Some of today’s rhetoric will of course remind people of the D-Wave saga, which first brought this blog to prominence when it began in earnest in 2007. Quantum computers, we hear now as then, will soon leave the Earth’s fastest supercomputers in the dust. They’re going to harness superposition to try all the exponentially many possible solutions at once. They’ll crack the Traveling Salesman Problem, and will transform machine learning and AI beyond recognition. Meanwhile, simulations of quantum systems will be key to solving global warming and cancer.

Despite the parallels, though, this new gold rush doesn’t feel to me like the D-Wave one, which seems in retrospect like just a little dry run. If I had to articulate what’s new in one sentence, it’s that this time “the call is coming from inside the house.” Many of the companies making wildly overhyped claims are recognized leaders of the field. They have brilliant quantum computing theorists and experimentalists on their staff with impeccable research records. Some of those researchers are among my best friends. And even when I wince at the claims of near-term applications, in many cases (especially with quantum simulation) the claims aren’t obviously false—we won’t know for certain until we try it and see! It’s genuinely gotten harder to draw the line between defensible optimism and exaggerations verging on fraud.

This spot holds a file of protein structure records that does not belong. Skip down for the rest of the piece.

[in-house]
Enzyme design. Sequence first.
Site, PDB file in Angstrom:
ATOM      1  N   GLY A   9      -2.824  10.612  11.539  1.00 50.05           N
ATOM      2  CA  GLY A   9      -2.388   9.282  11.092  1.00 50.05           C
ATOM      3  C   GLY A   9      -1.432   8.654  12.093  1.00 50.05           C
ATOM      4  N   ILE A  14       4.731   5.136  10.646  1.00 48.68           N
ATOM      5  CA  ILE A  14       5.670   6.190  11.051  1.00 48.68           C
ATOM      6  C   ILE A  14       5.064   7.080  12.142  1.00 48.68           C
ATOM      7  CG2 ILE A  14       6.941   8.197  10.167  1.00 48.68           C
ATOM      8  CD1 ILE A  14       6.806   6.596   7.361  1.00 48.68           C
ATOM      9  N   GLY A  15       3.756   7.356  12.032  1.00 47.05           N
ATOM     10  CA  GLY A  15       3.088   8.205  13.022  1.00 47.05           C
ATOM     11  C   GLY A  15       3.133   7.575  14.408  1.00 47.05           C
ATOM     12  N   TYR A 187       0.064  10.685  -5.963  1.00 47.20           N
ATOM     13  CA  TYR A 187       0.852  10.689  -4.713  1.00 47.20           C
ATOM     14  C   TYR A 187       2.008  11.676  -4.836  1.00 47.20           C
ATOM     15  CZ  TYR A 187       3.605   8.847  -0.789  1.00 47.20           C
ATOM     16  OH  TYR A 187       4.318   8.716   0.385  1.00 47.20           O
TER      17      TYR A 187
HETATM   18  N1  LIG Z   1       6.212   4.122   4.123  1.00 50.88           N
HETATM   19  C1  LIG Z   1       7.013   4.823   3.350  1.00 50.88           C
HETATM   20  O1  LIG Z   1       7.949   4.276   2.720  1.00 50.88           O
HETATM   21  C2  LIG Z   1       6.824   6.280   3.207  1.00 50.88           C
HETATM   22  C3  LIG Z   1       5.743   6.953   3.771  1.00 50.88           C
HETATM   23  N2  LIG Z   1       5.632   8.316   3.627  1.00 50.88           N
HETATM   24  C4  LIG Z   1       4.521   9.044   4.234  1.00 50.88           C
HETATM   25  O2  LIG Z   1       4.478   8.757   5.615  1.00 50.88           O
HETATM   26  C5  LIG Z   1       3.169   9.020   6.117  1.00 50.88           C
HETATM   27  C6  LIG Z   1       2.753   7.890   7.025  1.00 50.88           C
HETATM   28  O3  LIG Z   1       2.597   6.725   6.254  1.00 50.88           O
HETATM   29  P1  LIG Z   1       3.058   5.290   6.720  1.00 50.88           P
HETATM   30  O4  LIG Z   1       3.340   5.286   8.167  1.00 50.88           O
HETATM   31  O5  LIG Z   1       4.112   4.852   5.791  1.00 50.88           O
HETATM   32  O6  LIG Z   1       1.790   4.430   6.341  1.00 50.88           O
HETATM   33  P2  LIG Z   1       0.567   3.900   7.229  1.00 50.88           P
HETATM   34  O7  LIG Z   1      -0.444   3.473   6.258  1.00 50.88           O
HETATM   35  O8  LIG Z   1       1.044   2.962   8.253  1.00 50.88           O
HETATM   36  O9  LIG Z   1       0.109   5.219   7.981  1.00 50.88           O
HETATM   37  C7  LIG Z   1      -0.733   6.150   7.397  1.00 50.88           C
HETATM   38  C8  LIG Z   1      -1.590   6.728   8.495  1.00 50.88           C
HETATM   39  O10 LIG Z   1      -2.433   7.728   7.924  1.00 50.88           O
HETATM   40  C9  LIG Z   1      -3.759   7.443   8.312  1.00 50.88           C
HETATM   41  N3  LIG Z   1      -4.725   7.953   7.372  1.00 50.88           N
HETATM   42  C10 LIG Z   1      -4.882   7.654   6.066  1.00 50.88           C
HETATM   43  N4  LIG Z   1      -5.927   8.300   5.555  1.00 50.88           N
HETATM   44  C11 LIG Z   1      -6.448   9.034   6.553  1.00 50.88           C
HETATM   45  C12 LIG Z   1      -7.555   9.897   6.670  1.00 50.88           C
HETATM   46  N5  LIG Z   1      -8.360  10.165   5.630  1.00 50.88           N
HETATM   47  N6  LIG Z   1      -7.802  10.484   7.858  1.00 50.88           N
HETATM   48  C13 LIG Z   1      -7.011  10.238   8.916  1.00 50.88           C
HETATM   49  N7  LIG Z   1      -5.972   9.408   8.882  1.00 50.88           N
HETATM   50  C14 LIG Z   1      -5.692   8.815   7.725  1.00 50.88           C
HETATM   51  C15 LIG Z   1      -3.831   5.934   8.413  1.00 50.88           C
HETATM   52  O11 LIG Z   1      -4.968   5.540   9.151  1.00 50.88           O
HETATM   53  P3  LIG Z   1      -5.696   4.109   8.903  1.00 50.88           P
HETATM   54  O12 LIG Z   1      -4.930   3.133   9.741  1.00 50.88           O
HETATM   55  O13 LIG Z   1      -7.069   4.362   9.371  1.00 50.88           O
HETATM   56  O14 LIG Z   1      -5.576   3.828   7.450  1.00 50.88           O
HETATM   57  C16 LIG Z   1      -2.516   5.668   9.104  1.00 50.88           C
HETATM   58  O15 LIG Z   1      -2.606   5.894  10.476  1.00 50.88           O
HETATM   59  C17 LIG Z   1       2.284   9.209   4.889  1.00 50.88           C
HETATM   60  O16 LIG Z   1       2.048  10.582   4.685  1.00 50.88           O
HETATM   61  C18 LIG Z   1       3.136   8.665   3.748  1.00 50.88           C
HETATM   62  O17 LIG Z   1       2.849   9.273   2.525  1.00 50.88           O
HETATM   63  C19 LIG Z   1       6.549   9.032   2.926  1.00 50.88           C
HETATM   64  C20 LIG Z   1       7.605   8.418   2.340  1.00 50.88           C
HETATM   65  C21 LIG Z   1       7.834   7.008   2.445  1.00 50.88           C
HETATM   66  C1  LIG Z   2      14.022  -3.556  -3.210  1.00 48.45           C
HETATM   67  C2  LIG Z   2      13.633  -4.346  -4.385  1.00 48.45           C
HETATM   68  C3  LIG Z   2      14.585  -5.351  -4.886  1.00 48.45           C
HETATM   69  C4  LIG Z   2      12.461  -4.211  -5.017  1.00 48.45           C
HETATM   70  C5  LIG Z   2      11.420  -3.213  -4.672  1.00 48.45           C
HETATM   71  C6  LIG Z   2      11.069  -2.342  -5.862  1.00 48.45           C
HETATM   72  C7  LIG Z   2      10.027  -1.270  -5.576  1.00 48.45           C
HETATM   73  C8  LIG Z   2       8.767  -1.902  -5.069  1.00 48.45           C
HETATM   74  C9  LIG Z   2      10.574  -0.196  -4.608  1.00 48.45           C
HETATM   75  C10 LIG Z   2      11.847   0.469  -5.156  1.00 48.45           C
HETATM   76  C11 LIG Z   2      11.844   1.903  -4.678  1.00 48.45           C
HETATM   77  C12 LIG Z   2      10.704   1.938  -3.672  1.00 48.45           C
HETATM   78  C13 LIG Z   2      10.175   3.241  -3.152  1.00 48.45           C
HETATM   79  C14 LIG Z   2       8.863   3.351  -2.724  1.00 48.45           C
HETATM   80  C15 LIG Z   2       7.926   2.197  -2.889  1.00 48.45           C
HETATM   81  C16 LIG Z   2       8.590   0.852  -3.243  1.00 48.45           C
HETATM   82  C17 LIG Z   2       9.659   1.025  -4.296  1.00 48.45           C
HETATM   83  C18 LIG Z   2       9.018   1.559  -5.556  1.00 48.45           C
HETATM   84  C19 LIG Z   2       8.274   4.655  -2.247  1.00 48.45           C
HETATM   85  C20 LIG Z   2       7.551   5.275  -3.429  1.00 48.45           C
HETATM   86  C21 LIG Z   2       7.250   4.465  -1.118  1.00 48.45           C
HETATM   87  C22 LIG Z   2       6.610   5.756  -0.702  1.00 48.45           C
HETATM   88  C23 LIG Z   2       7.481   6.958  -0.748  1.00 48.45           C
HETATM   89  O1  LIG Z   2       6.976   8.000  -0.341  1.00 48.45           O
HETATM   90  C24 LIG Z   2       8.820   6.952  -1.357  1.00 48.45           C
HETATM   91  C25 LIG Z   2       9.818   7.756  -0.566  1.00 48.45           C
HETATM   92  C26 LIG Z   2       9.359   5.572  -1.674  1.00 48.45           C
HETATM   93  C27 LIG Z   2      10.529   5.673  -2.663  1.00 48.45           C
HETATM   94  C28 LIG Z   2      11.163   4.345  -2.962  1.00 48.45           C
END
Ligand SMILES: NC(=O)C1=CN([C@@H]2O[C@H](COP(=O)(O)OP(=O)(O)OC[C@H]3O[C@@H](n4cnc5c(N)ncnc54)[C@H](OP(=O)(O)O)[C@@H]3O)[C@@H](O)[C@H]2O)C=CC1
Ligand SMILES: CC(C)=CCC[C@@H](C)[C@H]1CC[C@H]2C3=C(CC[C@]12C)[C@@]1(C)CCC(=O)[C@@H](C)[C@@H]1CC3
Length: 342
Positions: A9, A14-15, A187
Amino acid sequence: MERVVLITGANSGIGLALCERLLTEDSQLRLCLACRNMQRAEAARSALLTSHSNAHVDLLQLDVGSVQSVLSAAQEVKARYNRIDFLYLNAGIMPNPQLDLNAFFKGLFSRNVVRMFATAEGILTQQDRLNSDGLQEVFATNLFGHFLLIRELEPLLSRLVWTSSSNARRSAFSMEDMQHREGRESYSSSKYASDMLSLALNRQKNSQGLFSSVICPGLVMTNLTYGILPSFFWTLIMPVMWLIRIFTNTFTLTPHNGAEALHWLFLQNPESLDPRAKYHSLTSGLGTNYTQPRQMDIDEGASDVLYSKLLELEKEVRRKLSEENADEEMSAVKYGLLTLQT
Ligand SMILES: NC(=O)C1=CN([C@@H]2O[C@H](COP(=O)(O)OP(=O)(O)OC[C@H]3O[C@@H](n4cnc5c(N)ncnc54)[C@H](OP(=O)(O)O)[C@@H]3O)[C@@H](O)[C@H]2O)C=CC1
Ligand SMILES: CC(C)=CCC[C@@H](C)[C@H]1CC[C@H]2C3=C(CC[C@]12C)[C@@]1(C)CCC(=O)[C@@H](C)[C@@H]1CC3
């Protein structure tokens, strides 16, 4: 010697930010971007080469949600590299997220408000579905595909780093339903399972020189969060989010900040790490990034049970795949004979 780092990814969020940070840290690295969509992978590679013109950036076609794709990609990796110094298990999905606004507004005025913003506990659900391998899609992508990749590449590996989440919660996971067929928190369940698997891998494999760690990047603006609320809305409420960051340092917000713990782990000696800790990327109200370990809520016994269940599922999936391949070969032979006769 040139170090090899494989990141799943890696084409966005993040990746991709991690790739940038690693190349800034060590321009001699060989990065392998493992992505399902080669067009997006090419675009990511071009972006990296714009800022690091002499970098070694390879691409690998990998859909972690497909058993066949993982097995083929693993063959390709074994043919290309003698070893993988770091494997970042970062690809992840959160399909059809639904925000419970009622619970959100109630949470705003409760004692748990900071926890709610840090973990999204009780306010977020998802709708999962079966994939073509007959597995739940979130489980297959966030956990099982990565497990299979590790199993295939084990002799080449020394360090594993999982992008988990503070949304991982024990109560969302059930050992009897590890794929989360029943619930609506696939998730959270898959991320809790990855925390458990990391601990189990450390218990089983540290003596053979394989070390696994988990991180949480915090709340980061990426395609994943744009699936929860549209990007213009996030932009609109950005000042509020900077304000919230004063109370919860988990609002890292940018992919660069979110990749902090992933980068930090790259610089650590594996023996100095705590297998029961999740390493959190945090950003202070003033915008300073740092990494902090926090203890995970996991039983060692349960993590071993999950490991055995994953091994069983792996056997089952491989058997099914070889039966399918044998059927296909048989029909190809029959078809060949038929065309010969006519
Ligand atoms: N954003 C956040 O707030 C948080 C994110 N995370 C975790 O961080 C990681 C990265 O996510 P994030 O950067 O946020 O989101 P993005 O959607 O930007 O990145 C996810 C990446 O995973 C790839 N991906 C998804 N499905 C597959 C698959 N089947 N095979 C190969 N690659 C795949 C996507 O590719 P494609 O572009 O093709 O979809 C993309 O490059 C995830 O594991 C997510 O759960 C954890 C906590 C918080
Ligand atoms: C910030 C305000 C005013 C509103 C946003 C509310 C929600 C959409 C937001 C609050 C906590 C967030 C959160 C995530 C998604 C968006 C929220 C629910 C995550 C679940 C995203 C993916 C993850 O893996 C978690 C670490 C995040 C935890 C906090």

Indeed, this time around virtually everyone in QC is “complicit” to a greater or lesser degree. I, too, have accepted compensation to consult on quantum computing topics, to give talks at hedge funds, and in a few cases to serve as a scientific adviser to quantum computing startups. I tell myself that, by 2021 standards, this stuff is all trivial chump change—a few thousands of dollars here or there, to expound on the same themes that I already discuss free of charge on this blog. I actually get paid to dispel hype, rather than propagate it! I tell myself that I’ve turned my back on the orders of magnitude more money available to those willing to hitch their scientific reputations to the aspirations of this or that specific QC company. (Yes, this blog, and my desire to preserve its intellectual independence and credibility, might well be costing me millions!)